Edmonton is preparing to create its first LGBTQ2 advisory committee.
"The needs are there, the gaps are there," said Susan Morrissey, the executive director of Edmonton Social Planning Council, one group that has researched what it's like to be lesbian, gay, bisexual, transgender, queer or two-spirited person in Edmonton.
"People are falling between the cracks."
An administration report going to the community and public services committee next week draws on research from the council, as well as from the Institute for Sexual Minority Studies and Services and the Women's Advocacy Voice of Edmonton.
"In some cases there's a lot of tension," Morrissey said Friday of the response from LGBTQ2 community.
"We heard loud and clear from people it was really unacceptable and that changes should be made."
The research outlines issues from change rooms and washrooms to application forms.
"If you go into the ladies' washrooms or you go into the ladies' change room at the public swimming pool and there is somebody in there that does not necessarily look female but may identify as female, how does that work?" Morrissey said.
That challenge is all too familiar to transgender people like Angela Reid, a board member of the Trans Equality Society of Alberta.
Some facilities trying to be LGBTQ2-friendly still have gender-specific change rooms and no options for privacy, which Reid said can be awkward for everyone.
Reid said the trans equality society recommends facilities put up mobile privacy screens or post a floor plan on their website so people know what to expect.
"Then going into the space, you don't have to be kind of wandering through it looking for a relatively private corner to change in."
Forms, whether for signing up for an art class or a gym membership, are also a challenge, as most organizations still have two boxes — male or female.
"Forms are a huge problem," Reid said. "They tend to tie you in to whatever the computer system that goes along with them is programmed for."
She questions the need for a city to ask gender identity, arguing that it's not really necessary most of the time.
"Does it change what kind of games you're going to play with the kids?" she said of summer camps.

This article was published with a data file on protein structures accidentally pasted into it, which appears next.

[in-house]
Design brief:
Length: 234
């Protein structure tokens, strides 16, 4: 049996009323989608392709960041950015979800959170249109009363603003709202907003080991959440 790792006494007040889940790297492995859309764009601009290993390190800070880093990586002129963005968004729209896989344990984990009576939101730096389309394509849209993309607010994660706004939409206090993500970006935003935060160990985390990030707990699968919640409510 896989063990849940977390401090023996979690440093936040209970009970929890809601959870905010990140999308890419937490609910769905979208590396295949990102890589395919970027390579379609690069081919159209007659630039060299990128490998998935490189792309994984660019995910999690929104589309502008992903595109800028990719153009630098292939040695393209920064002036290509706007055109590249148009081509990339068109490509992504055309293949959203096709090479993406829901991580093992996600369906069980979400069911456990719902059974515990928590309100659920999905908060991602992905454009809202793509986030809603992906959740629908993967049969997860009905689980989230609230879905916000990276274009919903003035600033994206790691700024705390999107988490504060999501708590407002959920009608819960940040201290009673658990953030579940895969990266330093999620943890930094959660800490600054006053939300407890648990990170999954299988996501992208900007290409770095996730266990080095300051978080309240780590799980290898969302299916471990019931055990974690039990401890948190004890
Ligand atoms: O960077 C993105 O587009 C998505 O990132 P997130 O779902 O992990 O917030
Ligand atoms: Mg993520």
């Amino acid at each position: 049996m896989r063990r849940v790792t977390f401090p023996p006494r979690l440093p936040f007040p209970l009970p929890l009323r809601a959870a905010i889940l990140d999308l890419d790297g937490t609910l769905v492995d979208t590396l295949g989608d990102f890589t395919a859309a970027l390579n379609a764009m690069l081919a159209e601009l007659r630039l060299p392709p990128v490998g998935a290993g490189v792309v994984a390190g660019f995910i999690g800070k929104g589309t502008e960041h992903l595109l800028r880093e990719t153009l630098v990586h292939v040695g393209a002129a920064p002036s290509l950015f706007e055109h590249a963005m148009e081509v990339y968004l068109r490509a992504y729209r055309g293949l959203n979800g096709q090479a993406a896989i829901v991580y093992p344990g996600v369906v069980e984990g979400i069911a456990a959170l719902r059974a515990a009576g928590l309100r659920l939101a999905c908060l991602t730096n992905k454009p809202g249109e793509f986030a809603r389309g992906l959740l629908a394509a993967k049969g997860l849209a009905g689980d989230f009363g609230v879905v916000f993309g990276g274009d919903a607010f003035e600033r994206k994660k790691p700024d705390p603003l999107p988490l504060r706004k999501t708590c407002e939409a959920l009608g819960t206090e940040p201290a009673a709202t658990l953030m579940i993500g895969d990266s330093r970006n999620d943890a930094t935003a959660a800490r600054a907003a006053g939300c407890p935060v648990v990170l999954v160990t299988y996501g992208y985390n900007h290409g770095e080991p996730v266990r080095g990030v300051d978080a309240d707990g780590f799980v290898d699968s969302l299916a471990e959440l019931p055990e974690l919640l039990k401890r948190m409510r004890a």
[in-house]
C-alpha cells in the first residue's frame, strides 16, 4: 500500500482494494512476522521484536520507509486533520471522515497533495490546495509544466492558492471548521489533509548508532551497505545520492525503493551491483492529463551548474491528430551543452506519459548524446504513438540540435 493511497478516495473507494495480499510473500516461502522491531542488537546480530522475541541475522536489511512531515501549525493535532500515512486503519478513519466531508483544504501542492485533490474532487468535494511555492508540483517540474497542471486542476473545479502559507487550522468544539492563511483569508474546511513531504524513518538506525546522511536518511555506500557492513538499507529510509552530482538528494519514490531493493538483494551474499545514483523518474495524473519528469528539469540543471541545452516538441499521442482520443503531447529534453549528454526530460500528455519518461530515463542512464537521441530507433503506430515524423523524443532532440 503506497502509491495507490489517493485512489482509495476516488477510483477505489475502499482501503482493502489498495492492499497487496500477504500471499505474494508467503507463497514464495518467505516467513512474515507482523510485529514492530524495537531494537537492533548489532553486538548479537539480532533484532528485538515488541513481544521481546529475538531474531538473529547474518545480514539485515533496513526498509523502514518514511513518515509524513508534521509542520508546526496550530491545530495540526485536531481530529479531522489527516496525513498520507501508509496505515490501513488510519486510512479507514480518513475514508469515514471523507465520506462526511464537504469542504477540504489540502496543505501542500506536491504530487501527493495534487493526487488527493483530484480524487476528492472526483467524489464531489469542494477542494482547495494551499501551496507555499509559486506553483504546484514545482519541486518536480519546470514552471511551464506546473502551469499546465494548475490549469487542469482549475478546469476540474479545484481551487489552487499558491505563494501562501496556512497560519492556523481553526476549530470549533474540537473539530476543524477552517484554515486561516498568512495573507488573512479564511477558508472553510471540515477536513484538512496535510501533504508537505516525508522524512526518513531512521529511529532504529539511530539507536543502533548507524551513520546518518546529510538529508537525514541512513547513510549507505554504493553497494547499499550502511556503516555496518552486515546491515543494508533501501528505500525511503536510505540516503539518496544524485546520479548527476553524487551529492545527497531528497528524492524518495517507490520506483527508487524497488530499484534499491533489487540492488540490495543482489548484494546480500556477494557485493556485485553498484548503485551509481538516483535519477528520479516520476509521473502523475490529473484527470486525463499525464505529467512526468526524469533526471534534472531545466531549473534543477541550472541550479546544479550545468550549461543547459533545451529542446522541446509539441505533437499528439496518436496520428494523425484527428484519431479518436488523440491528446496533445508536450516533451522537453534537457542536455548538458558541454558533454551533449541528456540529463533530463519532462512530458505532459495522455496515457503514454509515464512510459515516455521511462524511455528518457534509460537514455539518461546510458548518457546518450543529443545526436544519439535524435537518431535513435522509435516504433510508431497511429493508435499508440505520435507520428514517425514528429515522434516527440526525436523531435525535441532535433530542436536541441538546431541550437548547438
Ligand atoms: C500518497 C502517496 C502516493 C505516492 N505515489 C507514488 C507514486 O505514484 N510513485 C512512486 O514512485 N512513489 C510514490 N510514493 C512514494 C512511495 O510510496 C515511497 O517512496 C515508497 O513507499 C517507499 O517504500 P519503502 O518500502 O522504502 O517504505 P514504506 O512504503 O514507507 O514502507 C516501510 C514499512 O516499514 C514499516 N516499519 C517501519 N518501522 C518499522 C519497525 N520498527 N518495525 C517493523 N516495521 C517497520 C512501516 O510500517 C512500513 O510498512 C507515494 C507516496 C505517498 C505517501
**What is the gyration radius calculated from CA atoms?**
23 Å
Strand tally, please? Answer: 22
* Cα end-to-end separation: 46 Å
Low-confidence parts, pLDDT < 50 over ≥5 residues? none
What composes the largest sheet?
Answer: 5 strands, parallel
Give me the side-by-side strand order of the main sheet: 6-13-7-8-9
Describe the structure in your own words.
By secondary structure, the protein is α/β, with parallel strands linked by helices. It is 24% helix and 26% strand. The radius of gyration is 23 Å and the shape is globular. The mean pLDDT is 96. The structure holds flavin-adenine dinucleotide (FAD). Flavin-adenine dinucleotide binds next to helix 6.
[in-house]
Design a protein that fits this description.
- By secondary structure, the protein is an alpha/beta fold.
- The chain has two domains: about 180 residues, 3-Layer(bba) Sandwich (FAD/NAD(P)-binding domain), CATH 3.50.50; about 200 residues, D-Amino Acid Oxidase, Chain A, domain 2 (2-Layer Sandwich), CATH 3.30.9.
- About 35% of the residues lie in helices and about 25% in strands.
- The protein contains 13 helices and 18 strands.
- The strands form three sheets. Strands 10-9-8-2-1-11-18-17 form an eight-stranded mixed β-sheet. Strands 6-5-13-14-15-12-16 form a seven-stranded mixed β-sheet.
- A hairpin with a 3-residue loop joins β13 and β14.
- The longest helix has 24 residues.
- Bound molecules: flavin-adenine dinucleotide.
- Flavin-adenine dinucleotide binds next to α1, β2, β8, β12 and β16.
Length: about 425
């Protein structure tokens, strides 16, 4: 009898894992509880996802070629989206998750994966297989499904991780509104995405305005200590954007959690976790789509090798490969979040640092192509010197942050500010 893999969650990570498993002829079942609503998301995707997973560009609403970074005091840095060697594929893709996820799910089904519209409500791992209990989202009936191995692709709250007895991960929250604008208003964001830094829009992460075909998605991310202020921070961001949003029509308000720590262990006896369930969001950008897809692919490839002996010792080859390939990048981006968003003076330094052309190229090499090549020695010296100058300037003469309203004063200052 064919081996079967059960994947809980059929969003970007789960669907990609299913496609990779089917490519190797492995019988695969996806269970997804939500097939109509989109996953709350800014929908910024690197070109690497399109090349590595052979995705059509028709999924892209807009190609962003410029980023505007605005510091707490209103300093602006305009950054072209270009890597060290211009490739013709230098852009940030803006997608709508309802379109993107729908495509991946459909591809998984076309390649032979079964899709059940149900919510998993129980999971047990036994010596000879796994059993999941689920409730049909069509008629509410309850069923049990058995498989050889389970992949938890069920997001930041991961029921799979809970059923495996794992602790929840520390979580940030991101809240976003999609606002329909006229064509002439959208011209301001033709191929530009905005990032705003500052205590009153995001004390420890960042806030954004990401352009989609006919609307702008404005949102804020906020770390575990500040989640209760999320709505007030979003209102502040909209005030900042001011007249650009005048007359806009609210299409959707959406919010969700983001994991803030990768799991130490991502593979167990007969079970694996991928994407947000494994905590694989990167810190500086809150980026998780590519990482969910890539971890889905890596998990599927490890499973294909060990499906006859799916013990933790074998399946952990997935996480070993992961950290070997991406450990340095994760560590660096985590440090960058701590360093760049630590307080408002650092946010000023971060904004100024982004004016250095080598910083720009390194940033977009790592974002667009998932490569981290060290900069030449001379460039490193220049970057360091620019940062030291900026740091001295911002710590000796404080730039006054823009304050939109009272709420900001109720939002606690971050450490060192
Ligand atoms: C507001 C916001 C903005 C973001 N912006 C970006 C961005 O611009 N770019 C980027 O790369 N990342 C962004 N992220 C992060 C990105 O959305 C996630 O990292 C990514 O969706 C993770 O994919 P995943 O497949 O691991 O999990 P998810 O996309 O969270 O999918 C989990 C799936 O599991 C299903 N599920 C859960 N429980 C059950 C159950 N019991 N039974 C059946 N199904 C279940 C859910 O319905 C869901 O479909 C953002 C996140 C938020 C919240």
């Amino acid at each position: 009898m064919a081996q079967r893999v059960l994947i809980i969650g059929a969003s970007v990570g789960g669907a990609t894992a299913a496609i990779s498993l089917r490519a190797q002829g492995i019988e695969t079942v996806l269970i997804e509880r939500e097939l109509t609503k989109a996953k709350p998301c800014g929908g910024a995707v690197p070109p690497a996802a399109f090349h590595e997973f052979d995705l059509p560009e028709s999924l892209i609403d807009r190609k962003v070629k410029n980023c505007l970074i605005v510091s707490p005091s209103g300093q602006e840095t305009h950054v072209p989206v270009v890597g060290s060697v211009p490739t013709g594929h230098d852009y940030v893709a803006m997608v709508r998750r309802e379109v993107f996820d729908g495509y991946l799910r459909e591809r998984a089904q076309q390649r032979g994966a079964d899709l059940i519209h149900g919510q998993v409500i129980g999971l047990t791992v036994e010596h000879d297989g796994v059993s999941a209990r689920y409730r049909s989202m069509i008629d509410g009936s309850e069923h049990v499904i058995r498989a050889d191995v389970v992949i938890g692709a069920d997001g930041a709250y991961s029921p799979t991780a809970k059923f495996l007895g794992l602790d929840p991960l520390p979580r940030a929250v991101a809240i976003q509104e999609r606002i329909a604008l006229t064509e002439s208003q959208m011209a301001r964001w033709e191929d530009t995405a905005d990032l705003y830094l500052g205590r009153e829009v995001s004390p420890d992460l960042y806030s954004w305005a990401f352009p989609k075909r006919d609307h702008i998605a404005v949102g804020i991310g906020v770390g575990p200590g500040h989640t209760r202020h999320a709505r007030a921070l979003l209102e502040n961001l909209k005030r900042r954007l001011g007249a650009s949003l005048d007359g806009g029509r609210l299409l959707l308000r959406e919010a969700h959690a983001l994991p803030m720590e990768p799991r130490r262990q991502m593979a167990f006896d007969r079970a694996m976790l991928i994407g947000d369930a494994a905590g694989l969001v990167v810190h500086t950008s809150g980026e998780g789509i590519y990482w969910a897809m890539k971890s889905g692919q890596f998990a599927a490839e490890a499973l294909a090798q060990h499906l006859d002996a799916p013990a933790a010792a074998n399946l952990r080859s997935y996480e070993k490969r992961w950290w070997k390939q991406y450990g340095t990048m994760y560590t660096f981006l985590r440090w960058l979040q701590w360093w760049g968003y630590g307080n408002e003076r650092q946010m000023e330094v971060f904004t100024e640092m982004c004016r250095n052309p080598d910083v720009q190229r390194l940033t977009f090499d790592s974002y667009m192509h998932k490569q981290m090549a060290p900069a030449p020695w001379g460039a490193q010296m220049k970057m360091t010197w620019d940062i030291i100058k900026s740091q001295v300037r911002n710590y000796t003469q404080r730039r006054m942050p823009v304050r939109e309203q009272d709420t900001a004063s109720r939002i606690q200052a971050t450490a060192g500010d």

Coun. Scott McKeen asked for the analysis from city staff. He likens the potential committee to others that already exist, like the multicultural committee or WAVE, the Women's Advocacy Voice of Edmonton committee.
"This is exploring in some ways new territory from the perspective of the city," McKeen told CBC News. "We've never had an LGBTQ advisory committee before. What would be the value?"
The city estimates between 10 and 20 per cent of people in Edmonton are LGBTQ2
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In its report, the citizen services branch suggests the city create a task force first to get more input from the community.
Reid believes Edmonton should make sure the transgender community is included on the task force, as it represents people who have transitioned from one gender to another, non-binary people, and those who are gender fluid.
Non-binary are people who don't consider themselves men or women. Gender fluid refers to a person who identifies to different degrees as a man or a woman.
"Knowing that there are high number of suicides in LGBTQ youth, knowing seniors in seniors housing face bigotry, we still have a long way to go," McKeen said.
Councillors will discuss the task force and advisory committee at a meeting March 14.
If approved, council will be asked to approve a draft terms of reference, a bylaw to allow for the committee and funding of about $100,000 to run it.